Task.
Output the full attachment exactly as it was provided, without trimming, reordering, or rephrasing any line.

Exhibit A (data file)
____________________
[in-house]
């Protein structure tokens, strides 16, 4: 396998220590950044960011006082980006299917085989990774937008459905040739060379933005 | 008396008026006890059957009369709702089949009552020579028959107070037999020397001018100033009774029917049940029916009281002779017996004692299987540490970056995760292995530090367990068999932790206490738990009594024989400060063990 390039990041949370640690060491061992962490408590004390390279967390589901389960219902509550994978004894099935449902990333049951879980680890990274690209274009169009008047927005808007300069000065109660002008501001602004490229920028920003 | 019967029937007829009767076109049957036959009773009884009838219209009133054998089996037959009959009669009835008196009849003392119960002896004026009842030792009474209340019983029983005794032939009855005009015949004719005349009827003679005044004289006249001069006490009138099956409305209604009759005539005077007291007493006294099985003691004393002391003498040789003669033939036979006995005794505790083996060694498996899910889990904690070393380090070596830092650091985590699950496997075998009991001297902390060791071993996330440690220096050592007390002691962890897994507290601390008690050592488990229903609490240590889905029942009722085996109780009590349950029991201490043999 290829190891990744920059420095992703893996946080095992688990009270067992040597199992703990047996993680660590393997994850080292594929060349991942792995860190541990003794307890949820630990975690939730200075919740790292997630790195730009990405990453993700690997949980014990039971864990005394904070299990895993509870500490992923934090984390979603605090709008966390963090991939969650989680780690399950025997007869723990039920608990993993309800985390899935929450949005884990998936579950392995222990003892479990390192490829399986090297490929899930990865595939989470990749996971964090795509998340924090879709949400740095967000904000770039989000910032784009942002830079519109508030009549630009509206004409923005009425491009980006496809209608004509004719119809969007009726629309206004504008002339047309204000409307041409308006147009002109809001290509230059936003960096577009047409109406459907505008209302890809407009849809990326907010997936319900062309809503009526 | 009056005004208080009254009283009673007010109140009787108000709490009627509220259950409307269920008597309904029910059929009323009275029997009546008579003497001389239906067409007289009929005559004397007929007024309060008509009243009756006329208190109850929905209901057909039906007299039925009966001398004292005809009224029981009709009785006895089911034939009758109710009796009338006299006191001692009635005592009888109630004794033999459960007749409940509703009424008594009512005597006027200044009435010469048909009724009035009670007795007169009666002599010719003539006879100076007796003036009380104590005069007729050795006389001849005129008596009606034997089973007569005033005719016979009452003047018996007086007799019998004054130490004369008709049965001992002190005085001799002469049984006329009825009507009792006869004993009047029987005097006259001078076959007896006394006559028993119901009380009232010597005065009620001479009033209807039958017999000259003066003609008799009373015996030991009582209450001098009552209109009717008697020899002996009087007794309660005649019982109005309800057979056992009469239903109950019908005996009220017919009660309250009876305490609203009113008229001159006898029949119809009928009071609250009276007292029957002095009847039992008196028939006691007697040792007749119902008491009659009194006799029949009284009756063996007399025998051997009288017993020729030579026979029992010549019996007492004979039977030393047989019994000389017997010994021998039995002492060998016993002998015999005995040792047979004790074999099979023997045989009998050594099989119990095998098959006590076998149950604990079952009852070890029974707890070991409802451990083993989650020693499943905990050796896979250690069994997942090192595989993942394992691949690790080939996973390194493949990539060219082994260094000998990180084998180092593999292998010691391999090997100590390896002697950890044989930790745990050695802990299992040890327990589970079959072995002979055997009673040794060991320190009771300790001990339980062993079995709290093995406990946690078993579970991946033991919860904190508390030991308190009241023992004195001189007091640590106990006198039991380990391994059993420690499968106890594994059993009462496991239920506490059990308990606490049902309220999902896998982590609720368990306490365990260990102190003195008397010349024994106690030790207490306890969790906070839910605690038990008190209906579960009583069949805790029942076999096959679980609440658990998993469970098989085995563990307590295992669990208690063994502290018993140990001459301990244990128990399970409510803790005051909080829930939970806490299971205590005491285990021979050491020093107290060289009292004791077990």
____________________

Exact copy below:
[in-house]
């Protein structure tokens, strides 16, 4: 396998220590950044960011006082980006299917085989990774937008459905040739060379933005 | 008396008026006890059957009369709702089949009552020579028959107070037999020397001018100033009774029917049940029916009281002779017996004692299987540490970056995760292995530090367990068999932790206490738990009594024989400060063990 390039990041949370640690060491061992962490408590004390390279967390589901389960219902509550994978004894099935449902990333049951879980680890990274690209274009169009008047927005808007300069000065109660002008501001602004490229920028920003 | 019967029937007829009767076109049957036959009773009884009838219209009133054998089996037959009959009669009835008196009849003392119960002896004026009842030792009474209340019983029983005794032939009855005009015949004719005349009827003679005044004289006249001069006490009138099956409305209604009759005539005077007291007493006294099985003691004393002391003498040789003669033939036979006995005794505790083996060694498996899910889990904690070393380090070596830092650091985590699950496997075998009991001297902390060791071993996330440690220096050592007390002691962890897994507290601390008690050592488990229903609490240590889905029942009722085996109780009590349950029991201490043999 290829190891990744920059420095992703893996946080095992688990009270067992040597199992703990047996993680660590393997994850080292594929060349991942792995860190541990003794307890949820630990975690939730200075919740790292997630790195730009990405990453993700690997949980014990039971864990005394904070299990895993509870500490992923934090984390979603605090709008966390963090991939969650989680780690399950025997007869723990039920608990993993309800985390899935929450949005884990998936579950392995222990003892479990390192490829399986090297490929899930990865595939989470990749996971964090795509998340924090879709949400740095967000904000770039989000910032784009942002830079519109508030009549630009509206004409923005009425491009980006496809209608004509004719119809969007009726629309206004504008002339047309204000409307041409308006147009002109809001290509230059936003960096577009047409109406459907505008209302890809407009849809990326907010997936319900062309809503009526 | 009056005004208080009254009283009673007010109140009787108000709490009627509220259950409307269920008597309904029910059929009323009275029997009546008579003497001389239906067409007289009929005559004397007929007024309060008509009243009756006329208190109850929905209901057909039906007299039925009966001398004292005809009224029981009709009785006895089911034939009758109710009796009338006299006191001692009635005592009888109630004794033999459960007749409940509703009424008594009512005597006027200044009435010469048909009724009035009670007795007169009666002599010719003539006879100076007796003036009380104590005069007729050795006389001849005129008596009606034997089973007569005033005719016979009452003047018996007086007799019998004054130490004369008709049965001992002190005085001799002469049984006329009825009507009792006869004993009047029987005097006259001078076959007896006394006559028993119901009380009232010597005065009620001479009033209807039958017999000259003066003609008799009373015996030991009582209450001098009552209109009717008697020899002996009087007794309660005649019982109005309800057979056992009469239903109950019908005996009220017919009660309250009876305490609203009113008229001159006898029949119809009928009071609250009276007292029957002095009847039992008196028939006691007697040792007749119902008491009659009194006799029949009284009756063996007399025998051997009288017993020729030579026979029992010549019996007492004979039977030393047989019994000389017997010994021998039995002492060998016993002998015999005995040792047979004790074999099979023997045989009998050594099989119990095998098959006590076998149950604990079952009852070890029974707890070991409802451990083993989650020693499943905990050796896979250690069994997942090192595989993942394992691949690790080939996973390194493949990539060219082994260094000998990180084998180092593999292998010691391999090997100590390896002697950890044989930790745990050695802990299992040890327990589970079959072995002979055997009673040794060991320190009771300790001990339980062993079995709290093995406990946690078993579970991946033991919860904190508390030991308190009241023992004195001189007091640590106990006198039991380990391994059993420690499968106890594994059993009462496991239920506490059990308990606490049902309220999902896998982590609720368990306490365990260990102190003195008397010349024994106690030790207490306890969790906070839910605690038990008190209906579960009583069949805790029942076999096959679980609440658990998993469970098989085995563990307590295992669990208690063994502290018993140990001459301990244990128990399970409510803790005051909080829930939970806490299971205590005491285990021979050491020093107290060289009292004791077990």